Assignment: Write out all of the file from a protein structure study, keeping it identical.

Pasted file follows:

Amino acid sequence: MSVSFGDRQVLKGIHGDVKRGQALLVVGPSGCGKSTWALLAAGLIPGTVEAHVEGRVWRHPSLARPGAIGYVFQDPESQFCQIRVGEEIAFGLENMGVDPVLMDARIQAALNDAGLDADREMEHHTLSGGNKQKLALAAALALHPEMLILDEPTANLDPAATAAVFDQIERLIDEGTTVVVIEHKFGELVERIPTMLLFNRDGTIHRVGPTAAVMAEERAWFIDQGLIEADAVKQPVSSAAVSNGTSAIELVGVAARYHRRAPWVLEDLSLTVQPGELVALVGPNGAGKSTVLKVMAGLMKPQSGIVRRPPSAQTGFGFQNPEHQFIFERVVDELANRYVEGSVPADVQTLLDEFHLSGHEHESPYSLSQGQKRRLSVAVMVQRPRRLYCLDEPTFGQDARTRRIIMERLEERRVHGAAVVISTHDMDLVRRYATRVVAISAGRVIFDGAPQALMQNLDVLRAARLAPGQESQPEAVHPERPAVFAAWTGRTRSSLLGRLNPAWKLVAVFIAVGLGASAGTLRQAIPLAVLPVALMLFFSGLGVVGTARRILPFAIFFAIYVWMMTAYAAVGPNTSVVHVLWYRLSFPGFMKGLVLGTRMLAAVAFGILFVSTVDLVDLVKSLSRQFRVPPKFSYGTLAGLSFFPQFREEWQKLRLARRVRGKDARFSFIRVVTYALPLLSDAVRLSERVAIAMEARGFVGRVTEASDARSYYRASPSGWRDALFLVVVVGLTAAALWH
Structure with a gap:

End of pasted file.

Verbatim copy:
Amino acid sequence: MSVSFGDRQVLKGIHGDVKRGQALLVVGPSGCGKSTWALLAAGLIPGTVEAHVEGRVWRHPSLARPGAIGYVFQDPESQFCQIRVGEEIAFGLENMGVDPVLMDARIQAALNDAGLDADREMEHHTLSGGNKQKLALAAALALHPEMLILDEPTANLDPAATAAVFDQIERLIDEGTTVVVIEHKFGELVERIPTMLLFNRDGTIHRVGPTAAVMAEERAWFIDQGLIEADAVKQPVSSAAVSNGTSAIELVGVAARYHRRAPWVLEDLSLTVQPGELVALVGPNGAGKSTVLKVMAGLMKPQSGIVRRPPSAQTGFGFQNPEHQFIFERVVDELANRYVEGSVPADVQTLLDEFHLSGHEHESPYSLSQGQKRRLSVAVMVQRPRRLYCLDEPTFGQDARTRRIIMERLEERRVHGAAVVISTHDMDLVRRYATRVVAISAGRVIFDGAPQALMQNLDVLRAARLAPGQESQPEAVHPERPAVFAAWTGRTRSSLLGRLNPAWKLVAVFIAVGLGASAGTLRQAIPLAVLPVALMLFFSGLGVVGTARRILPFAIFFAIYVWMMTAYAAVGPNTSVVHVLWYRLSFPGFMKGLVLGTRMLAAVAFGILFVSTVDLVDLVKSLSRQFRVPPKFSYGTLAGLSFFPQFREEWQKLRLARRVRGKDARFSFIRVVTYALPLLSDAVRLSERVAIAMEARGFVGRVTEASDARSYYRASPSGWRDALFLVVVVGLTAAALWH
Structure with a gap: